How to prepare for a car insurance claim
When you take out a new car insurance policy, it’s important to familiarise yourself with the claims process so you know how to go about using your policy if needed. Being involved in a car accident or having your car stolen can be a stressful time, so knowing how the claims process works beforehand can make the ordeal easier to deal with.
This review will explore how to prepare for your car insurance claim and the steps to take immediately following the event to ensure the claims process runs as smoothly as possible.
The first step, before you even take out a policy, is to familiarize yourself with its benefits, terms and conditions. This is all in the terms and conditions that accompanies insurance policies. This document lays out what you can claim and the conditions for appropriate claims.
Once you have a policy and clear benefits and limitations, you should have a good idea of when you can make a claim and what you are entitled to, in addition to how it will affect your future premiums and no-claim discount. It’s important to thoroughly read the terms of any car insurance policy before buying.
Carry pre-filled forms
To be prepared for the worst, it could be a good idea to carry some pre-filled forms in your car wherever you go. There are a lot of details to exchange in the event of an accident, and having these handy makes it considerably easier. Try printing out forms you can give to other drivers, and witnesses, for them to quickly fill in.
- Time, date and location of the incident
- Contact number
- Vehicle registration
- License number
- Details of their insurer and policy
- A brief description of what happened
This can be supplemented by picture and video evidence, taken with your phone at the scene, to make sure both insurers have all they need to successfully process your claim.
Don’t panic, and follow these steps.
- Call 911 for life-threatening emergencies or injuries. Make sure no one is in any immediate danger or needs first aid. If the accident was serious or resulted in injuries, you may be required to call the police depending on where in the US you are.
- Minimize further damage. For example, you can move a damaged car off the road if it’s safe.
- Exchange details with the other driver, including all the information on the pre-filled forms. Where possible, try to include any other details you feel are relevant, such as the make, color and model of the vehicles involved. Take photos and videos if needed, and recording other relevant details.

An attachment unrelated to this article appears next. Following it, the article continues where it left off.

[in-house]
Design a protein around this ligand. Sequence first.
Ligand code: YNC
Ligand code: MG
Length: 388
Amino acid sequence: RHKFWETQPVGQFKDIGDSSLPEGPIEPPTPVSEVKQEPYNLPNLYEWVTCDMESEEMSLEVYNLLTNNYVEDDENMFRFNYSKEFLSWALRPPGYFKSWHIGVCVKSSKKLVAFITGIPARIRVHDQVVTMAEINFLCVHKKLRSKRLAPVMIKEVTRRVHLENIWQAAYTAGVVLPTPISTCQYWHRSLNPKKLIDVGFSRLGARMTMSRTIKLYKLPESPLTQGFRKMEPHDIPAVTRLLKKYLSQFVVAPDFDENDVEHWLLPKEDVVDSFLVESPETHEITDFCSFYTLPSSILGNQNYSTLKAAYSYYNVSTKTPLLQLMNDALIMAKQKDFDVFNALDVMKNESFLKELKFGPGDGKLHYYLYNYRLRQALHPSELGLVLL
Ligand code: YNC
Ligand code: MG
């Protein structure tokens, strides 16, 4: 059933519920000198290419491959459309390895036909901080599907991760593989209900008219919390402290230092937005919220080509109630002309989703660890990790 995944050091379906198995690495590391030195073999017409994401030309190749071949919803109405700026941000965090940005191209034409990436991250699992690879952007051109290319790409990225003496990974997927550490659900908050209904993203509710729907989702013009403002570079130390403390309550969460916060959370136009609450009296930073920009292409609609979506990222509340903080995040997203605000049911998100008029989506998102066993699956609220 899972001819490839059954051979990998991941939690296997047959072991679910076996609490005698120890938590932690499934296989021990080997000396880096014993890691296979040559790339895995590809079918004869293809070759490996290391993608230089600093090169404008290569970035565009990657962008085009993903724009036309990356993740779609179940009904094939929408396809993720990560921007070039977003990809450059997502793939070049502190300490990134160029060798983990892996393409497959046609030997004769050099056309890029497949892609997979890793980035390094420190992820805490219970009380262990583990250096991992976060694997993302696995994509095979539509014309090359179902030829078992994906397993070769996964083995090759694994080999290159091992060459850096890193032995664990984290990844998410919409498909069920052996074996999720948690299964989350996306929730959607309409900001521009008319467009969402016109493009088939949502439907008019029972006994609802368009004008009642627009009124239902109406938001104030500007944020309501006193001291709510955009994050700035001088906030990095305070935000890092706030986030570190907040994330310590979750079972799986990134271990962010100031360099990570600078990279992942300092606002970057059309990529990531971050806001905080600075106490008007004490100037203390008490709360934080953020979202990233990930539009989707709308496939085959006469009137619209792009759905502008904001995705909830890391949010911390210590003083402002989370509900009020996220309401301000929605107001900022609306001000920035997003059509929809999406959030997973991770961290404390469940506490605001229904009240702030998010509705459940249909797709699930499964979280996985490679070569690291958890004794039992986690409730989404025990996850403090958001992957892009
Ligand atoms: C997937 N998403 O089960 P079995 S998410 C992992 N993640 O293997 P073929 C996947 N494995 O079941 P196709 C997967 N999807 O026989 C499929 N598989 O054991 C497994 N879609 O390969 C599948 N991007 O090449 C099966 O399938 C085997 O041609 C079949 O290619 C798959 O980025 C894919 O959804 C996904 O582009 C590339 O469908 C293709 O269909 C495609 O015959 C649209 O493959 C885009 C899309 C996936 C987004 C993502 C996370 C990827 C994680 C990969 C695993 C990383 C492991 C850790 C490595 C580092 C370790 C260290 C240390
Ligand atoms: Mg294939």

- Exchange details with any witnesses to the accident if applicable. You can hand them the same forms, and simply ask them to provide their names, contact numbers and a brief description of what happened.
- Collect information. Make sure you have all the information you need, as far as is safe and reasonably possible, before leaving the scene.
- Notify the police if needed. In the event of a theft or malicious damage claim, you must notify the police as soon as possible and obtain a police report to accompany your claim.
- Do not admit liability at any point, regardless of whether or not you were at fault. The issue of blame will be by the insurers and the authorities.
- Do not offer to settle the incident or claim unless you have obtained the written consent of your insurer.
- Do not negotiate for the damages or repair costs, and do not authorize any repairs until your insurer has has been informed, unless it is absolutely necessary.
Depending on your insurer, there may be different ways that you can place a car insurance claim.
- Online. Insurers will often let you fill out claims forms and submit them online at their websites. Some might specify claims team email addresses for you to get in touch with.
- By phone. You call your insurer to make a claim, or to inform them that something has happened and you will be making a claim. Sometimes you may be able to provide the relevant information, such as the name of the other driver and their registration number, over the phone, while material like photos will need another method.
- Using an app. Some insurers offer claims apps that can help you automatically navigate the procedures. These can be particularly useful by letting you upload photos or videos to your insurer through the app.
- In the mail or in person. If you think you’ll want to do this, it may be worth specifically looking for such providers, as not all insurers will offer this option. You will generally still need to provide the same information.